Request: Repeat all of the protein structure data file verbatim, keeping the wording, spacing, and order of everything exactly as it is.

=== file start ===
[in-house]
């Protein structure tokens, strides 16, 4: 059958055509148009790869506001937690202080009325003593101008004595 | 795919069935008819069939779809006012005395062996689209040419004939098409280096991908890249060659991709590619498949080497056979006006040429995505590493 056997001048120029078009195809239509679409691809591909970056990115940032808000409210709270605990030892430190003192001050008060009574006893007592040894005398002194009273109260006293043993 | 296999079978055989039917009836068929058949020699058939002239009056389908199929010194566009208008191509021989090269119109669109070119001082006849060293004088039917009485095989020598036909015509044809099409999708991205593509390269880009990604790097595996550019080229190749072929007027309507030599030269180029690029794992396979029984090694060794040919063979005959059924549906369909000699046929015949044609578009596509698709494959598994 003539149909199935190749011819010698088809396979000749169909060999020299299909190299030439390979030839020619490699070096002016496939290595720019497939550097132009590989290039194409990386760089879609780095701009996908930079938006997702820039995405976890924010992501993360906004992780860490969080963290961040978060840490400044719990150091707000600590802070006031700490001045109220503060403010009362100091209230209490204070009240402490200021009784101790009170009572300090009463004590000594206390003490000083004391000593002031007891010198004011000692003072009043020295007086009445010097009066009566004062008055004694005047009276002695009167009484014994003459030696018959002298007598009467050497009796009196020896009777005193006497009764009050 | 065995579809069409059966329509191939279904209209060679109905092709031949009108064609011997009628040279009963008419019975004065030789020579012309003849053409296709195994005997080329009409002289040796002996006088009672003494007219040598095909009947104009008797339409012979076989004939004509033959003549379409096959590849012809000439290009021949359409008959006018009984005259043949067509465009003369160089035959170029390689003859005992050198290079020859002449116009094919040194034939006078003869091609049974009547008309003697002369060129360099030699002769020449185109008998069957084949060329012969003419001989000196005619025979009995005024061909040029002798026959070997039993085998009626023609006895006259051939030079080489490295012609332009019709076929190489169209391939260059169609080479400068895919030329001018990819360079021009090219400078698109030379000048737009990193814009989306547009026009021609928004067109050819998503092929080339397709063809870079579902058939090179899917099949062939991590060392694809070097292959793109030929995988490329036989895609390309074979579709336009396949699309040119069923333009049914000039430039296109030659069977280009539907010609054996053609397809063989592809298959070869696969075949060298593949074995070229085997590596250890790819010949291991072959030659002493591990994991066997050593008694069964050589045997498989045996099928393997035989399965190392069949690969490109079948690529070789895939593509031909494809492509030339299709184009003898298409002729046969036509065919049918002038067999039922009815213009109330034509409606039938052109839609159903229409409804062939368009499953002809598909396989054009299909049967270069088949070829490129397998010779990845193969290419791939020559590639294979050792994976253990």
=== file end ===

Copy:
[in-house]
């Protein structure tokens, strides 16, 4: 059958055509148009790869506001937690202080009325003593101008004595 | 795919069935008819069939779809006012005395062996689209040419004939098409280096991908890249060659991709590619498949080497056979006006040429995505590493 056997001048120029078009195809239509679409691809591909970056990115940032808000409210709270605990030892430190003192001050008060009574006893007592040894005398002194009273109260006293043993 | 296999079978055989039917009836068929058949020699058939002239009056389908199929010194566009208008191509021989090269119109669109070119001082006849060293004088039917009485095989020598036909015509044809099409999708991205593509390269880009990604790097595996550019080229190749072929007027309507030599030269180029690029794992396979029984090694060794040919063979005959059924549906369909000699046929015949044609578009596509698709494959598994 003539149909199935190749011819010698088809396979000749169909060999020299299909190299030439390979030839020619490699070096002016496939290595720019497939550097132009590989290039194409990386760089879609780095701009996908930079938006997702820039995405976890924010992501993360906004992780860490969080963290961040978060840490400044719990150091707000600590802070006031700490001045109220503060403010009362100091209230209490204070009240402490200021009784101790009170009572300090009463004590000594206390003490000083004391000593002031007891010198004011000692003072009043020295007086009445010097009066009566004062008055004694005047009276002695009167009484014994003459030696018959002298007598009467050497009796009196020896009777005193006497009764009050 | 065995579809069409059966329509191939279904209209060679109905092709031949009108064609011997009628040279009963008419019975004065030789020579012309003849053409296709195994005997080329009409002289040796002996006088009672003494007219040598095909009947104009008797339409012979076989004939004509033959003549379409096959590849012809000439290009021949359409008959006018009984005259043949067509465009003369160089035959170029390689003859005992050198290079020859002449116009094919040194034939006078003869091609049974009547008309003697002369060129360099030699002769020449185109008998069957084949060329012969003419001989000196005619025979009995005024061909040029002798026959070997039993085998009626023609006895006259051939030079080489490295012609332009019709076929190489169209391939260059169609080479400068895919030329001018990819360079021009090219400078698109030379000048737009990193814009989306547009026009021609928004067109050819998503092929080339397709063809870079579902058939090179899917099949062939991590060392694809070097292959793109030929995988490329036989895609390309074979579709336009396949699309040119069923333009049914000039430039296109030659069977280009539907010609054996053609397809063989592809298959070869696969075949060298593949074995070229085997590596250890790819010949291991072959030659002493591990994991066997050593008694069964050589045997498989045996099928393997035989399965190392069949690969490109079948690529070789895939593509031909494809492509030339299709184009003898298409002729046969036509065919049918002038067999039922009815213009109330034509409606039938052109839609159903229409409804062939368009499953002809598909396989054009299909049967270069088949070829490129397998010779990845193969290419791939020559590639294979050792994976253990």